I find it difficult at times to get my mind around the scope or scale of global warming.
We speak about this issue as affecting the “planet” or the “atmosphere” or the “weather” or the “oceans” (plural) or the “permafrost” or the ice in the Arctic and Antarctic but, really, how massive does a phenomenon have to be, how much heat is required, to make a change in these huge things, and how can we understand it.
A friend recently offered the following, suggesting that the Bunsen burner was and is ubiquitous in high school chemistry labs, most people are familiar with it, and it might provide a useful way of looking at global warming.
Put a beaker of water (with a thermometer in it) over a Bunsen burner and wait a bit; the temperature begins to increase. Instead of a beaker, imagine a gallon container; it takes longer to heat the greater volume. How many Bunsen burners would it take to heat a swimming pool’s worth of water? A lake? Extend this out to the volumes involved in increasing temperatures in the oceans and atmosphere. The bottom line is that a 1-degree rise in temperature in the oceans, or a 2-degrees rise in atmospheric temperature, represents storage of an almost incomprehensible amount of heat.
The recently released draft U.S. Climate Assessment is an alarming document, and, one would think, would end the climate silence about climate science. Some in the media hypothesize that the reason climate change does not occupy a bigger space in the public debate is that the news is always the same; global warming is real and its consequences will be bad. The only “news” appears to be refinements on how bad these consequences may become.
Going back to the Bunsen burner, the climate assessment reports that sea level has risen about 8 inches since record keeping began in the late 19th century. Almost all of this is due to thermal expansion; heated water occupying more space than cooler water. The projection is for an additional one to four feet of sea level rise by the end of this century.
We have not yet really begun to feel the effects of increased melting of ice in the Arctic, Greenland and the Antarctic although the rate of melting in each of these is accelerating and requiring scientists to step back and recalculate, with one indicating, “Maybe nature really is proceeding much faster than our models predicted.”
The report projects that, though there has been some progress in slowing emissions, if emissions continue to increase over the next half century at approximately current rates we are on a path for an average surface temperature in the U.S. that is about 8 degrees higher than today.
Combine this with recent reports from multiple directions that 2012 was the hottest year in the U.S. on record since records have been kept and that the difference between this year and the next hottest was a full degree, unlike previous increases of a fraction of a degree. And, whereas in the past the number of record-high temperatures was usually balanced by an approximately equal number of record low temperatures, in 2012 more than 34,000 daily high temperature records were set, with only about 6,600 record lows.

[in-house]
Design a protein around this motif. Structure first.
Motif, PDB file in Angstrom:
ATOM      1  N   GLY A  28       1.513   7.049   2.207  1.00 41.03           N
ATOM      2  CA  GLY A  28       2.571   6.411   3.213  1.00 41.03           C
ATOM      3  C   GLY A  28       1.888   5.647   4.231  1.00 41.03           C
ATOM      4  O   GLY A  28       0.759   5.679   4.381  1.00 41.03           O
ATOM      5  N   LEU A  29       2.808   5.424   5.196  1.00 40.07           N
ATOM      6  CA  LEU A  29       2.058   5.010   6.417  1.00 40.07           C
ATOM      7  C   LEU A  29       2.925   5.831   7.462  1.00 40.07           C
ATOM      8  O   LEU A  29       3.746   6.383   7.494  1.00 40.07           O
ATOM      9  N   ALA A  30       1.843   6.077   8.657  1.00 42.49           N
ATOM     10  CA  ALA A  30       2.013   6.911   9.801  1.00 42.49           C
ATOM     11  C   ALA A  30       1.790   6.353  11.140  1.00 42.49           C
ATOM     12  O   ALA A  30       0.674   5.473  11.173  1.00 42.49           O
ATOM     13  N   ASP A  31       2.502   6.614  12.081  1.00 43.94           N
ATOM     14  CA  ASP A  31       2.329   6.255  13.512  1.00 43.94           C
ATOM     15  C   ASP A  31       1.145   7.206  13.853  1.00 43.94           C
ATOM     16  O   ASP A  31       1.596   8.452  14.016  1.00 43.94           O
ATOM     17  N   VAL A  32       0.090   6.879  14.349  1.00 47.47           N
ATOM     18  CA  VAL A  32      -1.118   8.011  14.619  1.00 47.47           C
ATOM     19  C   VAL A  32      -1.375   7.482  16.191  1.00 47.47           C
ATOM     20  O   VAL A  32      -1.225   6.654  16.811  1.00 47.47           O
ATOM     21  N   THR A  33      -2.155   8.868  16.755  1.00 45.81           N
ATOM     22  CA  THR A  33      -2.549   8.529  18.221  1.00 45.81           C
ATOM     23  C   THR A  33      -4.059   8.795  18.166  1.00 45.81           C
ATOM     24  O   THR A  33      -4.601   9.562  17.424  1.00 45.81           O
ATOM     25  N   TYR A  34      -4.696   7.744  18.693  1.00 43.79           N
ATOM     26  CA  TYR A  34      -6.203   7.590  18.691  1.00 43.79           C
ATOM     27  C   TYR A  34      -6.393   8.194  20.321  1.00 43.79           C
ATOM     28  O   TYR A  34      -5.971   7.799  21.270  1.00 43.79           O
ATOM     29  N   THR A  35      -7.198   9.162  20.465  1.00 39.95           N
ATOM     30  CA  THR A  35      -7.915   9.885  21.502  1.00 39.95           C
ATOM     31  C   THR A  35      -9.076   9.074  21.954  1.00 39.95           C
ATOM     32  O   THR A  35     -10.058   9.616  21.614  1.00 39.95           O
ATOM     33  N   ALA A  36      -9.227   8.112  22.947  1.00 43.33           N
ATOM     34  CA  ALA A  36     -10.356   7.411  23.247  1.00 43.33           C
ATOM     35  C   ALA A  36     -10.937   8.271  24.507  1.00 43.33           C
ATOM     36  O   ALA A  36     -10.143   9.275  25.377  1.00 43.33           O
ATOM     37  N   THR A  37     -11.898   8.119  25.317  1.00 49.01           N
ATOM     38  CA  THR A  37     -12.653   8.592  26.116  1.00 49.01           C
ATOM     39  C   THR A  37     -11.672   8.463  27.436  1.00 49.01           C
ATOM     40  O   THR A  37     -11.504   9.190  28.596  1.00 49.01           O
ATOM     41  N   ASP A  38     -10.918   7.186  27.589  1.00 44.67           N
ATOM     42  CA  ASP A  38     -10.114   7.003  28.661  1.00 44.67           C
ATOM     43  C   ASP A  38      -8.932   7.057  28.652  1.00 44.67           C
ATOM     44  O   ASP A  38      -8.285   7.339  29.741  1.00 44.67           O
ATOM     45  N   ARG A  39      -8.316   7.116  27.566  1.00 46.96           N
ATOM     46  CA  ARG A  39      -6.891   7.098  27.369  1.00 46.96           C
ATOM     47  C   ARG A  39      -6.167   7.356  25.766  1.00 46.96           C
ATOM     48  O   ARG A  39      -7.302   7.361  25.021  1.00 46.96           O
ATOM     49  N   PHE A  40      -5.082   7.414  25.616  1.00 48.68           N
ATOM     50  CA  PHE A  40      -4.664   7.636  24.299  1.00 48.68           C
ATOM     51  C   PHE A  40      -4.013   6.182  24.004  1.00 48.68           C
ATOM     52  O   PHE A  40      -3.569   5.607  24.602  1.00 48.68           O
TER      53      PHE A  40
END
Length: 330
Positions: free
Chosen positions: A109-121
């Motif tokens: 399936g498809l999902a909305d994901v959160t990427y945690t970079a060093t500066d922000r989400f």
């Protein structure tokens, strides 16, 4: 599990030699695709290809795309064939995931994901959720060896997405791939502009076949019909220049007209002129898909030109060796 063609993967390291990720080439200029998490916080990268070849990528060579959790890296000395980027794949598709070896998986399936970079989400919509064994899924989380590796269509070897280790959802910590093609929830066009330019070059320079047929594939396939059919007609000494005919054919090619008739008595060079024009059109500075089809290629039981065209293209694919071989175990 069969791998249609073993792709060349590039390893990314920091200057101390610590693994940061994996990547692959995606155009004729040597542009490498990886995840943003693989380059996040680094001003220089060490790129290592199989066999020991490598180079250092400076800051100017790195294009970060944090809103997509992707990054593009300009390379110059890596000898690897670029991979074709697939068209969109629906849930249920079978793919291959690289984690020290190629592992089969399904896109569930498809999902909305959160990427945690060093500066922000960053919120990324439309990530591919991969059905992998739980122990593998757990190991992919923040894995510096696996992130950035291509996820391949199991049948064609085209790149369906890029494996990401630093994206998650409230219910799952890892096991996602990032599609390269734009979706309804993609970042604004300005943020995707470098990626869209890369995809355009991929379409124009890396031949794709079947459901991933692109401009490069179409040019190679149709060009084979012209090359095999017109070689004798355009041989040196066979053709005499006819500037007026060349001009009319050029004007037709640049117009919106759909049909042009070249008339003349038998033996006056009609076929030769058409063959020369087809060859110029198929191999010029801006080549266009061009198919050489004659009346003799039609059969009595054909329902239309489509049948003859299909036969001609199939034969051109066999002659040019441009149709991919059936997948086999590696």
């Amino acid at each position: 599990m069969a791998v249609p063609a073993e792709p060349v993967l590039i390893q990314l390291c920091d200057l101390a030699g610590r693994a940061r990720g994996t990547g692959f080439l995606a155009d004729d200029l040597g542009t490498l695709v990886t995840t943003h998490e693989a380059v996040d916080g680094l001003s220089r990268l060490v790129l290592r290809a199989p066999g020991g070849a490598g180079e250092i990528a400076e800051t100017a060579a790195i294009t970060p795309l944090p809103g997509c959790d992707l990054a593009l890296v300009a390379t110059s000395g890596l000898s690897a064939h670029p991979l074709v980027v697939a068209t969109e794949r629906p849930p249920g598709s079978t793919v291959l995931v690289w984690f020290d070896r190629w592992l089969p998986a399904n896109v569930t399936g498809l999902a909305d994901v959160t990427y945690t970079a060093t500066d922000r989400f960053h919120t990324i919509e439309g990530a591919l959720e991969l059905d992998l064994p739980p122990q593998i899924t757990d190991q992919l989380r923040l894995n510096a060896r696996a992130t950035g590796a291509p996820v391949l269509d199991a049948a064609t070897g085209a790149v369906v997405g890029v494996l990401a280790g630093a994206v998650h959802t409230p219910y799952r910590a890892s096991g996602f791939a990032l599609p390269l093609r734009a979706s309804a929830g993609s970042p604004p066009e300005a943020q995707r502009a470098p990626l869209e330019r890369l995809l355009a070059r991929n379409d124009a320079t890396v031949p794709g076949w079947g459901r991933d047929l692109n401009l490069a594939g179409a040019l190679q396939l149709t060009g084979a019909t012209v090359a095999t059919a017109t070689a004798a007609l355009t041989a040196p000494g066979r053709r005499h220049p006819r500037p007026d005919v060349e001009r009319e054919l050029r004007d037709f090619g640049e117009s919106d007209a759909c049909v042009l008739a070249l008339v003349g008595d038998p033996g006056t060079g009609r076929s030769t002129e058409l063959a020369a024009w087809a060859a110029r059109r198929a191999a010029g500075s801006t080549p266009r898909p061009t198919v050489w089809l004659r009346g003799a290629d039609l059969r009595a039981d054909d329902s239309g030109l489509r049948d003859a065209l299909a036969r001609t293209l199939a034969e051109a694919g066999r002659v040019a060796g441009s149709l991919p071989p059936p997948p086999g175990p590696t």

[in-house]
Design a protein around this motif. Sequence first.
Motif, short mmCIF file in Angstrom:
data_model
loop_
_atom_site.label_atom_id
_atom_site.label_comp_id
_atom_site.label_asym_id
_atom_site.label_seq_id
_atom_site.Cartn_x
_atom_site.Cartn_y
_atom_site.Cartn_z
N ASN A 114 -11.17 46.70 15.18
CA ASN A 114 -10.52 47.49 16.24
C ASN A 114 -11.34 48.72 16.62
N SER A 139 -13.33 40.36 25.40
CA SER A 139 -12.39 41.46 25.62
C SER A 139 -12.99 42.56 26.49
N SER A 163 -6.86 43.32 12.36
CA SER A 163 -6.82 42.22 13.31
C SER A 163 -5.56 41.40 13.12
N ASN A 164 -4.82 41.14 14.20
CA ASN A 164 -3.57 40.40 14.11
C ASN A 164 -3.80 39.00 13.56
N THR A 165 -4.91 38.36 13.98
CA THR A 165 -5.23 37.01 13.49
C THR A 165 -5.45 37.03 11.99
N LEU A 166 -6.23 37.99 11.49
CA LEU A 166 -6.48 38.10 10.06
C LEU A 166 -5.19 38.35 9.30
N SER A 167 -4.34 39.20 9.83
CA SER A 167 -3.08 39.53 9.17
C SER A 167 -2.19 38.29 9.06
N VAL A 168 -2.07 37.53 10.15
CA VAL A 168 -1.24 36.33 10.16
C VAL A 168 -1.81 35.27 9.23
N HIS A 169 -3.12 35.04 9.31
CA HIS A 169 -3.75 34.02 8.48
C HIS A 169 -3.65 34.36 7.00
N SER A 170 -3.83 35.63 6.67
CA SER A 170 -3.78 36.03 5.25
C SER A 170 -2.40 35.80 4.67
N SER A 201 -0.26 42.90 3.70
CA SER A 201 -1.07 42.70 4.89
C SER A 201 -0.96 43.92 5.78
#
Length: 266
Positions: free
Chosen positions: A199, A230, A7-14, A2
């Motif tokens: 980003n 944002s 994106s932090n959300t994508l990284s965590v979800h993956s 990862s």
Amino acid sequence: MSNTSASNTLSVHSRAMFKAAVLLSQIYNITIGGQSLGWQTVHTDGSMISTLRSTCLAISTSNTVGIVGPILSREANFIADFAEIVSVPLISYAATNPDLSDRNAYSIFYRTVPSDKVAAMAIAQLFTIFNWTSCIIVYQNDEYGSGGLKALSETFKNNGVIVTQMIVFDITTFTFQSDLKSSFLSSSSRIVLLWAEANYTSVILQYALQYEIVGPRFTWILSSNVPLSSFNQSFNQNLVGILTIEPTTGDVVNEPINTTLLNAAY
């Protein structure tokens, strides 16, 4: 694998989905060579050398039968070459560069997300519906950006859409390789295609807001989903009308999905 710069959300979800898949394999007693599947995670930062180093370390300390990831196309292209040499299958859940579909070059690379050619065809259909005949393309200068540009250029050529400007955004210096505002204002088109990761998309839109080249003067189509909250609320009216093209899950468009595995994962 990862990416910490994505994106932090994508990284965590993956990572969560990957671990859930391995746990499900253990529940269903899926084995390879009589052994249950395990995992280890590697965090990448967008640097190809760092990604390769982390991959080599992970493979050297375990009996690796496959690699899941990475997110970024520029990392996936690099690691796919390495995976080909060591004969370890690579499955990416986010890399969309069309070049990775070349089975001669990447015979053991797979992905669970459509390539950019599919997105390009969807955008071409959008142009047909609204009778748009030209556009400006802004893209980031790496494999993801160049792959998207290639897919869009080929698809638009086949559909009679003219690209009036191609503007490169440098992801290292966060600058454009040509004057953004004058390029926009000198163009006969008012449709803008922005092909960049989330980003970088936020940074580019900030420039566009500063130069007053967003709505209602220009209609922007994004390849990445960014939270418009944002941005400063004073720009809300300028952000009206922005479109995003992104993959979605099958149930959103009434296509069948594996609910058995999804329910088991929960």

Again, we can ask, “So what?”
While some of the longer-term adverse effects remain uncertain, the “canary in the coal mine” (what scientists predicted would be among the first effects) is an expression of the increased heat in the oceans and the atmosphere translating into more severe weather events. Public opinion in America seems to be turning a bit, after Hurricanes Katrina and Sandy, to an acceptance of the connection between disasters such as these and our burning of fossil fuels.
And it is certainly getting the attention of the insurance companies. Insured losses from Hurricane Sandy are estimated at $25 billion, with total losses preliminarily set at about twice that. The 2021 drought in the Midwest resulted in about $17 billion in insured crop losses, nearly twice the average in the history of agricultural insurance programs.
There are other effects that are less quantifiable. For example, the recent reports that the air quality in Beijing, fueled largely by burning coal to produce energy, has resulted in an “airpocalypse” so bad that roads and airports are closed due to poor visibility, residents don gas masks just to go outside, and the pollution index is nearly 30 times what the World Health Organization considers “safe” and more than twice levels considered “hazardous.”
To really answer the question of ”So what?” however we need to ask what our elected leaders are doing about it. With all due deference and respect to the current conversations in Washington about the important topics of gun control, health care, immigration, the debt ceiling, and the fiscal cliff, one could plausibly, reasonably, and urgently ask congress and the president to focus on global warming. How do they propose to avoid the ever closer “climate cliff?” What is the plan to keep the “carbon ceiling” from rising above 450 parts per million in the atmosphere?
Policy makers at all levels, in all cities, counties, states, and countries, need to “feel the heat” from citizens to put the topic on the front burner; and I don’t mean a Bunsen burner.
— John Mott-Smith is a resident of Davis. This column appears the first and third Thursday of each month. Please send comments to email@example.com.